Benjamin also acted for Trenton Oldfield, who disrupted the 2012 University Boat Race, and many other defendants involved in peaceful protest, including the cases giving rise to the undercover police officer scandal and the UK Uncut activists who occupied Fortnum & Masons during a TUC rally.

In 2017 Benjamin has represented one of nine defendants in an HMRC prosecution in relation to evading duty, tried over the course of a month at Woolwich Crown Court (R v Z), and a local councilor tried for allegations of domestic violence at Blackfriars Crown Court (R v K). In July he will represent a young defendant in a s18 malicious wounding (stabbing) trial (R v F, Inner London Crown Court).

Criminal Appeals

In addition to first instance cases Benjamin is frequently instructed to advise on fresh appeals and applications to the Criminal Cases Review Commission, and regularly appears in the Court of Appeal. He was a contributor to Taylor on Criminal Appeals (OUP 2012), edited by Paul Taylor.

Benjamin Is currently instructed to seek judicial review of a magistrates’ court in relation to an issue of procedural unfairness (R (on the application of G) v Newton Aycliffe Magistrates Court).

In 2016 Benjamin achieved the quashing of a conviction for sexual assault (R v Ay [2016] EWCA Crim 1605), and for two separate victims of trafficking whose status was overlooked at first instance.

Earlier significant cases have included R v Kail [2015] Crim. L.R. 359, a guideline judgment by Leveson LJ following joined appeals concerning the elements to be proved in relation to defendants who are unfit to plead.

Also, R v Henry [2014] 1 Cr. App. R. (S.) 55, in which he acted for a previously unrepresented defendant in relation to an unlawful sentence of imprisonment which was halved on appeal.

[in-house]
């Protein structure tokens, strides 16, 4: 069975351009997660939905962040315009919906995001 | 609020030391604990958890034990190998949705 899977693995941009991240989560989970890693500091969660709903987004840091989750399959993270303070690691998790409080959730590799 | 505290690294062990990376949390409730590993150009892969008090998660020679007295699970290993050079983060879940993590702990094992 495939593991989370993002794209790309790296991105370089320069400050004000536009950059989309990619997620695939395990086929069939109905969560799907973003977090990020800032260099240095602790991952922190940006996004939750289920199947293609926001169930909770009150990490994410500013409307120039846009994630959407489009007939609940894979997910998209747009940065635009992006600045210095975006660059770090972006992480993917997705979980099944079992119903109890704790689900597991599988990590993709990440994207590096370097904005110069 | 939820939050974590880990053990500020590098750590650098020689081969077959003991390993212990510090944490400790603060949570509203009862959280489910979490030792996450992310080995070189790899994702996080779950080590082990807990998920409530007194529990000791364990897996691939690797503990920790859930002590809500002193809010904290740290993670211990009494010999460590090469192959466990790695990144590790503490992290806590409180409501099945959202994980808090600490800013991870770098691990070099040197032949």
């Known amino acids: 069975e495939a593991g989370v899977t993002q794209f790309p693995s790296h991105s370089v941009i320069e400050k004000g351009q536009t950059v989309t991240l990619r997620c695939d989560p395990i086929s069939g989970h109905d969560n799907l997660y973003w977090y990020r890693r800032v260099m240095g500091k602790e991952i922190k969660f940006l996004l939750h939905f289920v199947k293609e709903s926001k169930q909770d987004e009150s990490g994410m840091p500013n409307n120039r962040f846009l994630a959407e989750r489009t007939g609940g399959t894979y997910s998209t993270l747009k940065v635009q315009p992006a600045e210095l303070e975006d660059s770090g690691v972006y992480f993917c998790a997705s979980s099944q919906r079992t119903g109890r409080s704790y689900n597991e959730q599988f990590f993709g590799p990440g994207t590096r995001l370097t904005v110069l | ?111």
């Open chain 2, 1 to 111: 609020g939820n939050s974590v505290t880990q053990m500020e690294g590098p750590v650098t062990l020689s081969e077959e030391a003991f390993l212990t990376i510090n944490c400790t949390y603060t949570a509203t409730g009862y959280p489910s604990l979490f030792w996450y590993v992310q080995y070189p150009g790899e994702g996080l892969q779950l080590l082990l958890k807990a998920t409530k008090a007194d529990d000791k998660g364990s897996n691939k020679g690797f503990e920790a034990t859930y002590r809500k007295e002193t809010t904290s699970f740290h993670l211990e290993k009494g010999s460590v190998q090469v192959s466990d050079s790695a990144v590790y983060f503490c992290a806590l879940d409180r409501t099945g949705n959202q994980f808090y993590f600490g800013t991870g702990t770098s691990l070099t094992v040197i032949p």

Benjamin also appeared as junior to Sarah Elliott Q.C. in Attorney General’s Reference No. 71 of 2014 [2014] EWCA Crim 1998, where they successfully protected a merciful sentence imposed upon the mother of a young baby.

Older cases of importance included R v  Barkshire (and others) [2012] Crim. L.R. 453, the quashing of twenty convictions due to the involvement of the undercover officer Mark Kennedy. Also, R v Buxton (and others) [2011] 1 W.L.R. 857; [2011] 2 Cr. App. R. (S.) 23 , the quashing of restraining orders imposed upon thirteen environmental activists following an obstruction of the railway at Ffos-y-Fran opencast coal mine. R v Twomey (and others) [2010] 1 W.L.R. 630; [2009] 2 Crim. App. R. 25 was the appeal leading to the first judge-only trial on indictment (led by Kirsty Brimelow Q.C.).

Extradition

Benjamin has significant experience in extradition matters, particularly those raising an issue of human rights.

Recent cases include Kemp v Court of Instruction of Orihuela, Alicante, Spain [2016] EWHC 69 (Admin), which related to the proportionality of extradition following a lengthy delay under tagged curfew.

In Korkosz v Circuit Court, Warszawa-Praga, Poland [2015] EWHC 698 (admin) an Article 8 challenge was based on the establishment of a new life in this country with a British academic. Cousins v Grand Instance Tribunal of Boulogne Sur Mer, France [2014] EWHC 2324 (Admin) related to the Article 8 rights of a retired woman sought for VAT offences in France, whilst AM v Spain [2014] A.C.D. 111 concerned the breach of the appellant’s young daughters’ Article 8 rights.